Not much that makes me feel like slamming my head against the wall as much as when I hear that someone’s therapist has told them that their hunger is not actually because they are hungry, but because they are trying to fill a void in their life. “Psychological hunger.” Bollocks.

“Maybe you are hungry for … you know … something else”

“Have you considered that your hunger may be about you needing more human connection in your life.”

“Your hunger may actually be because you are trying to fill the void that your ex left.”

“This is about inner emptiness, not actual hunger for food.”

“I think it is actually your soul that is hungry.”

Give me strength. Here are the issues with this psycho-manipulative-gaslighting shit:

For starters, there is no grounding for any of the claims that physical or mental hunger can be felt as a referred psychological need. There is no proof that “psychological hunger” or “soul hunger” or whatever bullshit name you are calling it exists. It’s all theory. Yet, it is used so commonly among therapists and wanna-be therapists. Personally, as soon as I hear a therapist say something like this, I am not wowed by their brilliance. Quite the opposite. I am disappointed in their lack of originality. This “soul hunger” shit is so pop-psych that even the agony aunts in 90’s teen magazines got tired of hearing themselves say it.

Second. It is so very arrogant and pompous to project such capacity for deceit on the body. The body is simple and truthful. If it is hungry … it is hungry. The end. No need to analyse that. The body isn’t stupid or confused. It didn’t get signals for loneliness muddled up with signals for hunger. It didn’t lose the remote control and it is not trying to work the TV with the buttons on the fridge. It knows how to operate itself, so don’t suggest that the body is using hunger signals because it actually longs for a more fulfilling career path.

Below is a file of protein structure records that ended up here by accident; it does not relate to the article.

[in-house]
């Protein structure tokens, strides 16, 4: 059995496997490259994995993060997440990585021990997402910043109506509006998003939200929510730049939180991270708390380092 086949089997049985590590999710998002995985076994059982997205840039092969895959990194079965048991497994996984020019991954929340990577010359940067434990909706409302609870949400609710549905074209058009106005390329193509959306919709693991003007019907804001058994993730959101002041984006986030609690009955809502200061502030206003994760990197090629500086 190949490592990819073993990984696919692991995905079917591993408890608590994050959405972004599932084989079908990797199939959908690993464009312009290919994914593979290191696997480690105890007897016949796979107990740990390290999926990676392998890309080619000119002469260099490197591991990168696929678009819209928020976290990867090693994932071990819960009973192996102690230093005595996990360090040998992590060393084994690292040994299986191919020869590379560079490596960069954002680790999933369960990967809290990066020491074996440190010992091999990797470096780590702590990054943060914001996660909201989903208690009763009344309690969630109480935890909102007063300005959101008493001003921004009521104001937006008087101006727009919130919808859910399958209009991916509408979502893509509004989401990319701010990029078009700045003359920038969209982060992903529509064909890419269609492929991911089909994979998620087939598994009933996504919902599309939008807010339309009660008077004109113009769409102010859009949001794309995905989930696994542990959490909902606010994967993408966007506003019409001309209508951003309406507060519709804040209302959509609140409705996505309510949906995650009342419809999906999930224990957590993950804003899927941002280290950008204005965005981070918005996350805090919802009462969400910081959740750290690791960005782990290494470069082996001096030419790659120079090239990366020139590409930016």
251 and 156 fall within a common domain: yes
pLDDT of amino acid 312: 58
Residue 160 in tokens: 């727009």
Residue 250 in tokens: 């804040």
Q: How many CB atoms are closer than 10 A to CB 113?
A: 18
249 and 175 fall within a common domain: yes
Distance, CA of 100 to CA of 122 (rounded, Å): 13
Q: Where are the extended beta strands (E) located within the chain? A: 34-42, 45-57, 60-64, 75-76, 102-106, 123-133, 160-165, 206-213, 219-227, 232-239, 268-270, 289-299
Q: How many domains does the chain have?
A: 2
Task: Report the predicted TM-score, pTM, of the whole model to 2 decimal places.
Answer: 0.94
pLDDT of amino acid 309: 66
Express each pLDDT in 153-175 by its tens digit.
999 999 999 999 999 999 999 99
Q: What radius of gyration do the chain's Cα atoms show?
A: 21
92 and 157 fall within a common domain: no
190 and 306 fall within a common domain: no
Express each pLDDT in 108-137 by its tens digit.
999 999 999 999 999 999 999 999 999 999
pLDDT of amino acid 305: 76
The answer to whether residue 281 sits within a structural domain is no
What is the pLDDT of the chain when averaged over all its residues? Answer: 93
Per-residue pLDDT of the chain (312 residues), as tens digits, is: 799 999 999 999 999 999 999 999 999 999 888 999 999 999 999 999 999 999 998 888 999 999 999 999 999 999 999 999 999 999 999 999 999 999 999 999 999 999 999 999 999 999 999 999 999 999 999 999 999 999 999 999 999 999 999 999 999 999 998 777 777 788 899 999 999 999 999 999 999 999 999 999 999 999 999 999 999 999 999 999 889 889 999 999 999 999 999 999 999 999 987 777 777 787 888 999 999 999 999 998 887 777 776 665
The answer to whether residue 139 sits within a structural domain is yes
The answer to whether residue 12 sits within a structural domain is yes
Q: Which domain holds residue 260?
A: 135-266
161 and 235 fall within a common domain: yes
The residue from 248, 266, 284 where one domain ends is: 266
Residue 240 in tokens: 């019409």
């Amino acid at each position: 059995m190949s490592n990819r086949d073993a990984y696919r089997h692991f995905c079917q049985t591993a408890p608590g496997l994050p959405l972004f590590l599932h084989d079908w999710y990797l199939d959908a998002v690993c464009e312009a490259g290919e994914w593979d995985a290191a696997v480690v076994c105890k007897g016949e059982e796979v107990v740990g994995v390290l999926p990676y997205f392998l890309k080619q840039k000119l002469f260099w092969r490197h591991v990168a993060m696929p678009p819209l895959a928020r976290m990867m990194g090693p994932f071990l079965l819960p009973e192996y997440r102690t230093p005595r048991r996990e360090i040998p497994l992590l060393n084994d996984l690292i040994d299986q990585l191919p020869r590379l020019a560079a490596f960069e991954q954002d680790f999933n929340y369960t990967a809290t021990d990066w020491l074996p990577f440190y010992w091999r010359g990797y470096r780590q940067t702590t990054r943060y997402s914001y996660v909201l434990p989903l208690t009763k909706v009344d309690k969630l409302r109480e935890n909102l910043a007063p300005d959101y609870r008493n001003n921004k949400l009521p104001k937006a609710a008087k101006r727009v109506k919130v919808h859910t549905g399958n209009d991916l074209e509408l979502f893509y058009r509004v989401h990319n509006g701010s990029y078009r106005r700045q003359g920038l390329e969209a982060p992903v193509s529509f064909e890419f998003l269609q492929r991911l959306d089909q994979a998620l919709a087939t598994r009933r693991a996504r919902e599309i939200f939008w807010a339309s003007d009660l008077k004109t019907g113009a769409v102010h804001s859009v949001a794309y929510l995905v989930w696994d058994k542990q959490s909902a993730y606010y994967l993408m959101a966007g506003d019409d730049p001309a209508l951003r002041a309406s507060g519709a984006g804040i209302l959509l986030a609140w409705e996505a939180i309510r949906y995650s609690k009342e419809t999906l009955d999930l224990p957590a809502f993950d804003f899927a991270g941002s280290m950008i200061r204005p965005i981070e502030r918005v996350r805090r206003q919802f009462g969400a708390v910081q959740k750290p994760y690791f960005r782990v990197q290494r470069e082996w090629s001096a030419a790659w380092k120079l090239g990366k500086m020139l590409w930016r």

We don’t do this for any other biological need. If a person needs to go to the loo a lot, they are not told that maybe they are trying to get rid of “something else in their life.” They are not told that their weak bladder might be actually due to them being unhappy with their partner. They don’t get told that their desire to go to the toilet is actually about wanting to flush their significant other. They are just allowed to go to the loo. Why oh why is everything to do with food and eating so convoluted by therapists?

I’ll tell you why. It is for the same reason that sexual desires get so projected onto and complicated by therapists. It is because, like a desire for sex, a hunger for food is still taboo. Especially if you are female. Because, you know, women aren’t supposed to be horny and we are certainly not supposed to eat a lot. So, if we are horny or hungry we are told that is not because we need sex or need food. Nope, it’s got to be a bigger ‘problem.” It has to be something complicated. Something … anything … just whatever you do, don’t be a tart and don’t be greedy.

I bet you that if therapy sessions were studied it would be found that men complaining of hunger would be told to eat more. Yet, woman would be told to go out and see if they can fill that “void” with taking up a hobby, or volunteering for a good cause, or finding a man to be a housewife to. Because it is still not okay for a woman to want to eat a lot. Women are not supposed to have biological needs. Women are not supposed to want to eat a lot. Woman are supposed to be skinny.